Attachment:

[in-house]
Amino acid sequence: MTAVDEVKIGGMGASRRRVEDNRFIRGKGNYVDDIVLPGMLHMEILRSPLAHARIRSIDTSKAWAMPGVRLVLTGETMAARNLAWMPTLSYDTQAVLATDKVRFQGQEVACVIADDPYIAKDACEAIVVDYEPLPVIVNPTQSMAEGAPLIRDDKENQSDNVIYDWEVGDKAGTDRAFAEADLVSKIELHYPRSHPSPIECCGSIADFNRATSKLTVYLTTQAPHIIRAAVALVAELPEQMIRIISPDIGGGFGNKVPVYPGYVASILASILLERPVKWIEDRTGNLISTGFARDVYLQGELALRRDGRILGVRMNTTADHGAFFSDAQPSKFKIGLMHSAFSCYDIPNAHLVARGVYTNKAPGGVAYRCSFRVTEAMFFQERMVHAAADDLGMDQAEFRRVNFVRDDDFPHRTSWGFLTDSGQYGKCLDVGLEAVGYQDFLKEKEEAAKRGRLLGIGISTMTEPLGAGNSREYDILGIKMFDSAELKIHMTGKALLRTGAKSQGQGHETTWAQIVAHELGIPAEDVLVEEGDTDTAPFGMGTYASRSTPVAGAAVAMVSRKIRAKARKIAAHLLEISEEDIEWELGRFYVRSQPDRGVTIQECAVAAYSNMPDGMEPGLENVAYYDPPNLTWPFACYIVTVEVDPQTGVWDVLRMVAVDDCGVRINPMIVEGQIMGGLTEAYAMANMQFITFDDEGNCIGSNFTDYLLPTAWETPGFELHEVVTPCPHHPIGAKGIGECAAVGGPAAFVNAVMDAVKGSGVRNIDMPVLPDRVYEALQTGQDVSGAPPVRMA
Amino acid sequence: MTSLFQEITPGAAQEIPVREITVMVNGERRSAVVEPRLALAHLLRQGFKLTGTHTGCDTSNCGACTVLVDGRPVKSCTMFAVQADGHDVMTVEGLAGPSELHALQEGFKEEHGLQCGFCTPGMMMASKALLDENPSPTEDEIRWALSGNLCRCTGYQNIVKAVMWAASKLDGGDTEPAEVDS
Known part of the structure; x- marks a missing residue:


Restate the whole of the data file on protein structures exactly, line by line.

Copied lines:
[in-house]
Amino acid sequence: MTAVDEVKIGGMGASRRRVEDNRFIRGKGNYVDDIVLPGMLHMEILRSPLAHARIRSIDTSKAWAMPGVRLVLTGETMAARNLAWMPTLSYDTQAVLATDKVRFQGQEVACVIADDPYIAKDACEAIVVDYEPLPVIVNPTQSMAEGAPLIRDDKENQSDNVIYDWEVGDKAGTDRAFAEADLVSKIELHYPRSHPSPIECCGSIADFNRATSKLTVYLTTQAPHIIRAAVALVAELPEQMIRIISPDIGGGFGNKVPVYPGYVASILASILLERPVKWIEDRTGNLISTGFARDVYLQGELALRRDGRILGVRMNTTADHGAFFSDAQPSKFKIGLMHSAFSCYDIPNAHLVARGVYTNKAPGGVAYRCSFRVTEAMFFQERMVHAAADDLGMDQAEFRRVNFVRDDDFPHRTSWGFLTDSGQYGKCLDVGLEAVGYQDFLKEKEEAAKRGRLLGIGISTMTEPLGAGNSREYDILGIKMFDSAELKIHMTGKALLRTGAKSQGQGHETTWAQIVAHELGIPAEDVLVEEGDTDTAPFGMGTYASRSTPVAGAAVAMVSRKIRAKARKIAAHLLEISEEDIEWELGRFYVRSQPDRGVTIQECAVAAYSNMPDGMEPGLENVAYYDPPNLTWPFACYIVTVEVDPQTGVWDVLRMVAVDDCGVRINPMIVEGQIMGGLTEAYAMANMQFITFDDEGNCIGSNFTDYLLPTAWETPGFELHEVVTPCPHHPIGAKGIGECAAVGGPAAFVNAVMDAVKGSGVRNIDMPVLPDRVYEALQTGQDVSGAPPVRMA
Amino acid sequence: MTSLFQEITPGAAQEIPVREITVMVNGERRSAVVEPRLALAHLLRQGFKLTGTHTGCDTSNCGACTVLVDGRPVKSCTMFAVQADGHDVMTVEGLAGPSELHALQEGFKEEHGLQCGFCTPGMMMASKALLDENPSPTEDEIRWALSGNLCRCTGYQNIVKAVMWAASKLDGGDTEPAEVDS
Known part of the structure; x- marks a missing residue: